Jordan Melamed’s indie-feature Manic (2001) is a well-intentioned drama on young damaged souls who have no hope whatsover to win over their inner demons. Although, it’s not a very memorable or piercing portrayal of troubled teens, the chief drawing factor is the presence of now-familiar cast members – Joseph Gordon-Levitt, Zooey Deschanel, and Don Cheadle. Manic is also known for its hand-held, Dogme-95 style camerawork, which actually becomes the film’s liability rather than just boost its naturalism. The shaky camerawork tries to be close and intimate to the characters, capturing all their self-inflicted physical wounds and emotional bruises beneath. While this choice provides an immediacy to the proceedings (especially in the group therapy sessions), it is ultimately annoying and ends up distancing the characters from us.
Brad Anderson’s horror movie set in an old, abandoned mental institution, Session 9 was also made on Digital Video in the same year. But Anderson’s hand-held technique was mostly effective because he used it in moderation (without causing motion sickness). Manic's script written by Michael Bacall & Blayne Weaver at times embraces conventions and cliches of movies set in mental asylum. However, the writers don’t shy away from hard truth and remains ambiguous when it comes to dealing with mental illness and the promised recuperation.
Manic has an unusual setting: juvenile wing of a mental institution. Here there are no standard cinematic tropes: punishing therapy sessions, sadistic nurses and guards. The institution is run by an idealistic, perceptive, and calm counselor Dr. Monroe (Don Cheadle). The narrative simply delves straight into the adolescent problems or anxiety in all its complexity. It’s hinted early that the only thing which might impede the recovery is their relapse into destructive habits. Dr. Monroe clearly confers that no pat resolutions are waiting these teens, if they stay few weeks in the institution. He suggests no can quite escape from their destructive temperaments, but can learn to control them.
High school kid Lyle (Joseph Gordon-Levitt) is there because he has a penchant for flying into rages and beating people up. He has exploded recently and nearly beat a kid to death with a baseball bat. The rage is may be something genetic or it’s caused by his father’s physical abuse. Lyle mostly stays guarded and when forced to talk he is vague and inarticulate, but still his intelligence and empathic feelings are intact so as to know the difference between good and bad.
Lyle’s peers includes a shy Native American teen with a history of sexual abuse (Cody Lightning), a bully (Elden Henson), a wannabe intellectual with uncontrolled mood-swings (Michael Bacall), a non-conforming Goth girl (Sara Rivas), and a fragile wallflower Tracey (Zooey Deschanel) who is tormented by nightmares. Barring the familiar plot trajectories, and uninspired exchanges, the movie’s soul lays in the group sessions scenes, where Dr. Monroe carefully and compassionately initiates deep conversations and referees growing hostilities. The doctor’s questions are very basic: “What gives your life meaning?” But it makes the tough-shelled teenagers to open up and understand their own vulnerability.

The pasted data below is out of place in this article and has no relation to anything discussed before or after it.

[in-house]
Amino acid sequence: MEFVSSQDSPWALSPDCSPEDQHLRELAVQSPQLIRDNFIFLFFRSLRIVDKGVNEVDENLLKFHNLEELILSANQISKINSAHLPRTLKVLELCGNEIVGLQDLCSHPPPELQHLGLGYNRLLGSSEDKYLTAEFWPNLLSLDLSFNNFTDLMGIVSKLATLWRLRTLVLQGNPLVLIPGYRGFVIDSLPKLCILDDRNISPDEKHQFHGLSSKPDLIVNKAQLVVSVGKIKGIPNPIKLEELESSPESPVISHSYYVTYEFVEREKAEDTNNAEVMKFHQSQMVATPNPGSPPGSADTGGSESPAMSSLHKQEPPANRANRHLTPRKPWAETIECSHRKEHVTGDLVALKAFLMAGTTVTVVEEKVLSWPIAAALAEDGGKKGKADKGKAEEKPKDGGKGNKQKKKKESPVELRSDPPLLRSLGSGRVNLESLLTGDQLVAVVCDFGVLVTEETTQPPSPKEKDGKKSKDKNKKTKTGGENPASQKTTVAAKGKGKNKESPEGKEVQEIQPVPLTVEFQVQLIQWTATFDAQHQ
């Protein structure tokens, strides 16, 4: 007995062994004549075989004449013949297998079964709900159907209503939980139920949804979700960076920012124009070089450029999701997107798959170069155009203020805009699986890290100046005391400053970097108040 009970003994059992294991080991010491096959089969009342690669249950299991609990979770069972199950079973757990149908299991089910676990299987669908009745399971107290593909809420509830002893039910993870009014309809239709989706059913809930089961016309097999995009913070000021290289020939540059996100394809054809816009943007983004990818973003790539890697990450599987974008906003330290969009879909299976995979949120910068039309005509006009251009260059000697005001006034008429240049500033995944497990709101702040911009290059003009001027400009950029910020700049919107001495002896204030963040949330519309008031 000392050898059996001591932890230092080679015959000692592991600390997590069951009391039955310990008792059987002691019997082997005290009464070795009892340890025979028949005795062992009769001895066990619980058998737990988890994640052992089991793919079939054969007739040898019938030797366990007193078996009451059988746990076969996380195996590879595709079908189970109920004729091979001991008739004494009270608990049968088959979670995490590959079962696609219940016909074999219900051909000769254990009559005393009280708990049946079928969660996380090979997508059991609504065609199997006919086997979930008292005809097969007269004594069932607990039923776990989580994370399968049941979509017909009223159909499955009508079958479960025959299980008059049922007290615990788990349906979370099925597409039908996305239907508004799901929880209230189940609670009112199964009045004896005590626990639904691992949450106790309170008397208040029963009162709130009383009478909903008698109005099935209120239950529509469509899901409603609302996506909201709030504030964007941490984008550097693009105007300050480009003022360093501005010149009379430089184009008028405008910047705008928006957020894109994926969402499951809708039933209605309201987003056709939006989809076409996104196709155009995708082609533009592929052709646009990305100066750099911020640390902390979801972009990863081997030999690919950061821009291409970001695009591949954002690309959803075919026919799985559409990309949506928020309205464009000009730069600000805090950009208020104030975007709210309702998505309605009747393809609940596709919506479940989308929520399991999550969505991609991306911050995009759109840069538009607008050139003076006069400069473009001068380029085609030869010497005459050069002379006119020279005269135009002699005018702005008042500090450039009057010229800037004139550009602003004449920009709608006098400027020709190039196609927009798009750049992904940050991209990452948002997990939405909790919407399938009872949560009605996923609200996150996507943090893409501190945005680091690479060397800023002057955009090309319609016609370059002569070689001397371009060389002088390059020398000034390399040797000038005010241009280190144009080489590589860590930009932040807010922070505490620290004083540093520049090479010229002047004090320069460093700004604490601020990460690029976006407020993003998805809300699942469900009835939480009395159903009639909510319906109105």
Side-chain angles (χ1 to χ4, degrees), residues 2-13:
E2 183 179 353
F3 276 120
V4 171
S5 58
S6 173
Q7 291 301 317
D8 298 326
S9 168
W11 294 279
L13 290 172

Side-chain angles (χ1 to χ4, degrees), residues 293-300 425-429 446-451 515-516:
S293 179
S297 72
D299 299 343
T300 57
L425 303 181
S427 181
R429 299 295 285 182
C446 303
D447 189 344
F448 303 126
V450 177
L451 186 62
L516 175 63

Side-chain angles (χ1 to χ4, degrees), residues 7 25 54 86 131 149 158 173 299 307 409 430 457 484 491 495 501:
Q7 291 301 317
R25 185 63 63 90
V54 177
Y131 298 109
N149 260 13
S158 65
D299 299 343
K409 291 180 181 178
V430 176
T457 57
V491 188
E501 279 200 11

Movies on disaffected American youth has increased sharpy in the recent years – It’s A Kind of Funny Story, Short Term 12, Me and Earl and the Dying Girl, Wrist Cutters, To the Bone, etc. And, some of the films get past the indie-film cliches and fires up narrative full of substance and heart. Destin Daniel Cretton's Short Term 12 is thematically and structurally similar to Manic, which was written based on Destin’s own experience of working in a similar facility. Freed from stylistic obsession and strengthened by brilliantly fleshed-out characters, Short Term 12’ focus was more sensitive and profound than Manic. Nevertheless, Jordan Melamed’s depiction of disaffected youth is not entirely robbed off its heart and profundity.
The problem with Melamed’s approach and screen-writing duo’s textured writing is the way it resorts to blatant symbolism (a Van Gogh’s painting serves as the most unsubtle symbol) or sentimental reactions, treating the characters as mere ciphers (which is ironic since camerawork seeks absolute realism). Gordon-Levitt and Deschanel does a marvelous job in underplaying their agitated characters, plus the chemistry between them is well observed. Yet Melamed often breaks up good rhythm in a scene for unncessary cutaway shots, avoiding the space to build up a character. The characters’ spiralling down also becomes all too familiar.
The vital aspect of Manic which makes it heartwarming is the presence of Don Cheadle as Dr. Monroe. Cheadle gets the chance to play the narrative’s most fantastic moment: the occasion when the doctor cracks up in the group session and starts throwing furnitures around. The actor makes Monroe’s pain and weariness very genuine and his sequences don’t suffer much from the editing choices. Of the minor teen characters in the institution, I liked Cody Lightning’s Kenny the most. He doesn’t say much but piercingly conveys his dread and feelings of uncertainty.
Eventually, if you get past the jerky cinematography and familiar, unsubtle plot devices, you could discover the Manic’s compelling, slightly ambiguous view of troubled youth. It’s not a break-out feature, but not a strictly mediocre work too.